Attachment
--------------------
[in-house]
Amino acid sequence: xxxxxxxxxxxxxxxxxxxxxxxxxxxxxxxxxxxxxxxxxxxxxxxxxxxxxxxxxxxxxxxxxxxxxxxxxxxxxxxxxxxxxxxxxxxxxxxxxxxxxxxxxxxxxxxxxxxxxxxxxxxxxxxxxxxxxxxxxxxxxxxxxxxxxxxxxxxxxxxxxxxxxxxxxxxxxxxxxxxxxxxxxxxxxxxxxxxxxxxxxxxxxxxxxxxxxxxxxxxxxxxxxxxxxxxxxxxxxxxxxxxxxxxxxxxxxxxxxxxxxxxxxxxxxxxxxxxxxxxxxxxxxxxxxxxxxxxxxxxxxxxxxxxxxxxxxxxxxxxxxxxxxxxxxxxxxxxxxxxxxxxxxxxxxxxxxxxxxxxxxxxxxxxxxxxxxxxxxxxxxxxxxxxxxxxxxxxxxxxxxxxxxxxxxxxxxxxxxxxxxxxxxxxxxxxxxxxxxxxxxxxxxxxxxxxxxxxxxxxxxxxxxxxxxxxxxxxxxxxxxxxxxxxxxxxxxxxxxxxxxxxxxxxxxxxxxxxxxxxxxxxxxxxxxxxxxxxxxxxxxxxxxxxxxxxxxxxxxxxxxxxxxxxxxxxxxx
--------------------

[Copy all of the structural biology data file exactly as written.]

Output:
[in-house]
Amino acid sequence: xxxxxxxxxxxxxxxxxxxxxxxxxxxxxxxxxxxxxxxxxxxxxxxxxxxxxxxxxxxxxxxxxxxxxxxxxxxxxxxxxxxxxxxxxxxxxxxxxxxxxxxxxxxxxxxxxxxxxxxxxxxxxxxxxxxxxxxxxxxxxxxxxxxxxxxxxxxxxxxxxxxxxxxxxxxxxxxxxxxxxxxxxxxxxxxxxxxxxxxxxxxxxxxxxxxxxxxxxxxxxxxxxxxxxxxxxxxxxxxxxxxxxxxxxxxxxxxxxxxxxxxxxxxxxxxxxxxxxxxxxxxxxxxxxxxxxxxxxxxxxxxxxxxxxxxxxxxxxxxxxxxxxxxxxxxxxxxxxxxxxxxxxxxxxxxxxxxxxxxxxxxxxxxxxxxxxxxxxxxxxxxxxxxxxxxxxxxxxxxxxxxxxxxxxxxxxxxxxxxxxxxxxxxxxxxxxxxxxxxxxxxxxxxxxxxxxxxxxxxxxxxxxxxxxxxxxxxxxxxxxxxxxxxxxxxxxxxxxxxxxxxxxxxxxxxxxxxxxxxxxxxxxxxxxxxxxxxxxxxxxxxxxxxxxxxxxxxxxxxxxxxxxxxxxxxxxx